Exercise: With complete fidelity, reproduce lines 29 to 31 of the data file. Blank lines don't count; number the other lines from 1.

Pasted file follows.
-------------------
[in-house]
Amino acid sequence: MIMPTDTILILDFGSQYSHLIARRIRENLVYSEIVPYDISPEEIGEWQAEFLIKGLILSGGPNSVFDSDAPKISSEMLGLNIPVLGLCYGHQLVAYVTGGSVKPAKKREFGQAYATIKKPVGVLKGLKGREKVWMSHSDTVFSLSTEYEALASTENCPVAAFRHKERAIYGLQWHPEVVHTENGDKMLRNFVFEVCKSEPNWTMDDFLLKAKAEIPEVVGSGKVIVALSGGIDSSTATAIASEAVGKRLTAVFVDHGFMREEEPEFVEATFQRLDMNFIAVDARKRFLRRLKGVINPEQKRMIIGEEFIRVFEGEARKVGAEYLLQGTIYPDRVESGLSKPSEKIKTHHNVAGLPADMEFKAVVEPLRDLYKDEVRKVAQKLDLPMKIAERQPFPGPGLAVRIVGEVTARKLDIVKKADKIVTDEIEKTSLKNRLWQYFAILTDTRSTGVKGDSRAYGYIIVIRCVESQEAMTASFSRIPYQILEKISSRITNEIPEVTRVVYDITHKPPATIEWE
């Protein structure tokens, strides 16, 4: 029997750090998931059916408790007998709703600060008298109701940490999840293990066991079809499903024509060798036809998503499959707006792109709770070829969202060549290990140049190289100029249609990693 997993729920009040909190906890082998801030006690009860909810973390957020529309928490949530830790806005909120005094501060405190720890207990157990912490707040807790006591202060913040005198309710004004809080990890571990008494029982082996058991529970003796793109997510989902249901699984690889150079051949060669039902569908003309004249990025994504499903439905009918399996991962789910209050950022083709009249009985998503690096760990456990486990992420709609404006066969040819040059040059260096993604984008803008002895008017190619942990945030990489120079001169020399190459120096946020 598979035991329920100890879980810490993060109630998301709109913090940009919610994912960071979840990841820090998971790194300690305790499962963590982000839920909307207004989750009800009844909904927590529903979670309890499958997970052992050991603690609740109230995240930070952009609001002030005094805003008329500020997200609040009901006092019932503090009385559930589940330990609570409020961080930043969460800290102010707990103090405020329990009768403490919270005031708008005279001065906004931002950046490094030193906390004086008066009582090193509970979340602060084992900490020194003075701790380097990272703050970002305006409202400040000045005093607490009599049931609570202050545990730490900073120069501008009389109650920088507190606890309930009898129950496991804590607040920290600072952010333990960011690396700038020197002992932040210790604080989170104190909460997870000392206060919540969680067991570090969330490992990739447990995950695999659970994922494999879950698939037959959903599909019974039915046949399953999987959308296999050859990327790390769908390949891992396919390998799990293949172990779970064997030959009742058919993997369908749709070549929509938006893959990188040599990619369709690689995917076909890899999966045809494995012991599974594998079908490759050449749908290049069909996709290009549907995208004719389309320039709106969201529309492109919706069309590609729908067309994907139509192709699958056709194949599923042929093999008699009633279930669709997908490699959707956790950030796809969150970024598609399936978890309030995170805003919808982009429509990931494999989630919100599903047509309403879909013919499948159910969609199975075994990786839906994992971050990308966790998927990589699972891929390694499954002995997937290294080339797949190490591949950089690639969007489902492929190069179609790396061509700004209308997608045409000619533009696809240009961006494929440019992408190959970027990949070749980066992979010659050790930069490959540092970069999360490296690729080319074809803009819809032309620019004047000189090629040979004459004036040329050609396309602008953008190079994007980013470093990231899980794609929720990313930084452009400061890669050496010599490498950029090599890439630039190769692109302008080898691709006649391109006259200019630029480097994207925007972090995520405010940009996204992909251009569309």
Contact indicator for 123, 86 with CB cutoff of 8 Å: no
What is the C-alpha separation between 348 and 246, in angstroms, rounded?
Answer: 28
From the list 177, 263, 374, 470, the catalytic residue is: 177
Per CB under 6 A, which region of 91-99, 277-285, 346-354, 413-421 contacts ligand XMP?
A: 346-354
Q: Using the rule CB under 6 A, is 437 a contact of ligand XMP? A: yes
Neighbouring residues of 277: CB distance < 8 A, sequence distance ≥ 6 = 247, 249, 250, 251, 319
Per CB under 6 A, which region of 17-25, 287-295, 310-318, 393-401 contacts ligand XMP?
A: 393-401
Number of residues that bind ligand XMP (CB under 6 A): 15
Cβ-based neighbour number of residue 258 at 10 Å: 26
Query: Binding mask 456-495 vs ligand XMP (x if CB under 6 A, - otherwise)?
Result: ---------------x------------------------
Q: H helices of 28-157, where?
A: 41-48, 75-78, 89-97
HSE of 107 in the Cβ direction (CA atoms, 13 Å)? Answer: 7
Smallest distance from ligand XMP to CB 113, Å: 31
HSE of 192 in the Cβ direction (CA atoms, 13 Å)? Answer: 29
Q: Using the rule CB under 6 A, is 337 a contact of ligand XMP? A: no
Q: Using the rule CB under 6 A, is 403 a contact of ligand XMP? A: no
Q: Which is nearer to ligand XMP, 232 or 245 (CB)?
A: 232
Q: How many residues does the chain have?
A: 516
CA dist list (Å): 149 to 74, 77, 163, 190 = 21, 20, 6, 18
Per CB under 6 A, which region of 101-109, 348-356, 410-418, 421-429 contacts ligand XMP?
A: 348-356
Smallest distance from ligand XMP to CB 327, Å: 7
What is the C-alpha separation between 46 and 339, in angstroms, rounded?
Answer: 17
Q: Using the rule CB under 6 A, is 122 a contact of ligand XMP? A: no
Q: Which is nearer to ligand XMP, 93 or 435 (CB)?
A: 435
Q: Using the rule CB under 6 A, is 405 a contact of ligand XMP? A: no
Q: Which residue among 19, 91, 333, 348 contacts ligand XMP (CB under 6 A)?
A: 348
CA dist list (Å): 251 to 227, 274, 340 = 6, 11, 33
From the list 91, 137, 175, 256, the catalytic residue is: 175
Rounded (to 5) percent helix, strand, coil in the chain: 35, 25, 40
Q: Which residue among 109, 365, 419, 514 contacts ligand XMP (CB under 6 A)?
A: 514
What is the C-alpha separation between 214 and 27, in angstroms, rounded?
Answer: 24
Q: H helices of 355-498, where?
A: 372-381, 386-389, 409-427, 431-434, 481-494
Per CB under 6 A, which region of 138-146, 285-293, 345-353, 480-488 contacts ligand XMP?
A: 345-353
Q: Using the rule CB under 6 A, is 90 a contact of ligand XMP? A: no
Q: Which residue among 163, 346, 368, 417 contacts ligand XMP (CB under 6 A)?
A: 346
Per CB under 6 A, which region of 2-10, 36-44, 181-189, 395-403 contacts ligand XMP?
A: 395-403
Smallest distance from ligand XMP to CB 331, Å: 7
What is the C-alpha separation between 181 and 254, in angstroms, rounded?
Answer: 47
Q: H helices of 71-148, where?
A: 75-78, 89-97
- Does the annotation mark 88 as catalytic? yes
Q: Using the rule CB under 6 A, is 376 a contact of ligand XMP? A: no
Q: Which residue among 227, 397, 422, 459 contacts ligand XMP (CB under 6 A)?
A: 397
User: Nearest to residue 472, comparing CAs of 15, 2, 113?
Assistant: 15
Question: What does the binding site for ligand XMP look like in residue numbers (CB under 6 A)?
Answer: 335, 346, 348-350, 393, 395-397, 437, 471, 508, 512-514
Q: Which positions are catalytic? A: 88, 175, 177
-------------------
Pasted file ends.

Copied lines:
CA dist list (Å): 149 to 74, 77, 163, 190 = 21, 20, 6, 18
Per CB under 6 A, which region of 101-109, 348-356, 410-418, 421-429 contacts ligand XMP?
A: 348-356